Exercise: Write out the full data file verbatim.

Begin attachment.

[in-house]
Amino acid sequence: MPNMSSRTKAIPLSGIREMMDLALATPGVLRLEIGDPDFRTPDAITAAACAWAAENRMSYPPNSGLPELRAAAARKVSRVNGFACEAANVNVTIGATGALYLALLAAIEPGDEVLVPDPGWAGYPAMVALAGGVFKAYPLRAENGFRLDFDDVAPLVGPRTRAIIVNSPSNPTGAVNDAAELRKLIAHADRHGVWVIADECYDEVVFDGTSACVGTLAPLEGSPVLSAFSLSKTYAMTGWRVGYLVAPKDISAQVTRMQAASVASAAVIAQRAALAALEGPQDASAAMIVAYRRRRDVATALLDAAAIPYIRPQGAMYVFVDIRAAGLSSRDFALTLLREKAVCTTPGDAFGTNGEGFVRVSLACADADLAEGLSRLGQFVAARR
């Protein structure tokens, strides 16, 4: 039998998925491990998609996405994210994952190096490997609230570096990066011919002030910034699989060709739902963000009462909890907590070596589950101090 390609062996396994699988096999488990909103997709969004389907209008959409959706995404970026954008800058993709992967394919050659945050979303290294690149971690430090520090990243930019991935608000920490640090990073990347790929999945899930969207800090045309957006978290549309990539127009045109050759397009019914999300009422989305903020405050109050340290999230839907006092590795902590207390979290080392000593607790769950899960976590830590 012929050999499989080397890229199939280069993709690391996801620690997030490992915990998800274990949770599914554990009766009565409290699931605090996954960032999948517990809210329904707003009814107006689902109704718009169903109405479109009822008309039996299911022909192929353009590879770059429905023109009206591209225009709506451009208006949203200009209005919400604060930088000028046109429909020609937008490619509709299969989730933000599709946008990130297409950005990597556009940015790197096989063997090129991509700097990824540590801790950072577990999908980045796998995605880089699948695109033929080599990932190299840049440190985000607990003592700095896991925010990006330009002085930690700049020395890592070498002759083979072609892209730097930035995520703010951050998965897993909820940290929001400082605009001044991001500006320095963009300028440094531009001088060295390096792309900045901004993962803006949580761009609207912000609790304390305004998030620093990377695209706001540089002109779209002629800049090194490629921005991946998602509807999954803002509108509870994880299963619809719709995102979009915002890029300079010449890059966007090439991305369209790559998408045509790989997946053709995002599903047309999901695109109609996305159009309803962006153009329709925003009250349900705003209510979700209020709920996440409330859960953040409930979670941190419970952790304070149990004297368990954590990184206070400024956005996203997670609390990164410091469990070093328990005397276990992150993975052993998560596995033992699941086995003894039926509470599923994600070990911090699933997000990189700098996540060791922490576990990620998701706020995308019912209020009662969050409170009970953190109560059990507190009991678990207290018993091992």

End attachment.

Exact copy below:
[in-house]
Amino acid sequence: MPNMSSRTKAIPLSGIREMMDLALATPGVLRLEIGDPDFRTPDAITAAACAWAAENRMSYPPNSGLPELRAAAARKVSRVNGFACEAANVNVTIGATGALYLALLAAIEPGDEVLVPDPGWAGYPAMVALAGGVFKAYPLRAENGFRLDFDDVAPLVGPRTRAIIVNSPSNPTGAVNDAAELRKLIAHADRHGVWVIADECYDEVVFDGTSACVGTLAPLEGSPVLSAFSLSKTYAMTGWRVGYLVAPKDISAQVTRMQAASVASAAVIAQRAALAALEGPQDASAAMIVAYRRRRDVATALLDAAAIPYIRPQGAMYVFVDIRAAGLSSRDFALTLLREKAVCTTPGDAFGTNGEGFVRVSLACADADLAEGLSRLGQFVAARR
């Protein structure tokens, strides 16, 4: 039998998925491990998609996405994210994952190096490997609230570096990066011919002030910034699989060709739902963000009462909890907590070596589950101090 390609062996396994699988096999488990909103997709969004389907209008959409959706995404970026954008800058993709992967394919050659945050979303290294690149971690430090520090990243930019991935608000920490640090990073990347790929999945899930969207800090045309957006978290549309990539127009045109050759397009019914999300009422989305903020405050109050340290999230839907006092590795902590207390979290080392000593607790769950899960976590830590 012929050999499989080397890229199939280069993709690391996801620690997030490992915990998800274990949770599914554990009766009565409290699931605090996954960032999948517990809210329904707003009814107006689902109704718009169903109405479109009822008309039996299911022909192929353009590879770059429905023109009206591209225009709506451009208006949203200009209005919400604060930088000028046109429909020609937008490619509709299969989730933000599709946008990130297409950005990597556009940015790197096989063997090129991509700097990824540590801790950072577990999908980045796998995605880089699948695109033929080599990932190299840049440190985000607990003592700095896991925010990006330009002085930690700049020395890592070498002759083979072609892209730097930035995520703010951050998965897993909820940290929001400082605009001044991001500006320095963009300028440094531009001088060295390096792309900045901004993962803006949580761009609207912000609790304390305004998030620093990377695209706001540089002109779209002629800049090194490629921005991946998602509807999954803002509108509870994880299963619809719709995102979009915002890029300079010449890059966007090439991305369209790559998408045509790989997946053709995002599903047309999901695109109609996305159009309803962006153009329709925003009250349900705003209510979700209020709920996440409330859960953040409930979670941190419970952790304070149990004297368990954590990184206070400024956005996203997670609390990164410091469990070093328990005397276990992150993975052993998560596995033992699941086995003894039926509470599923994600070990911090699933997000990189700098996540060791922490576990990620998701706020995308019912209020009662969050409170009970953190109560059990507190009991678990207290018993091992």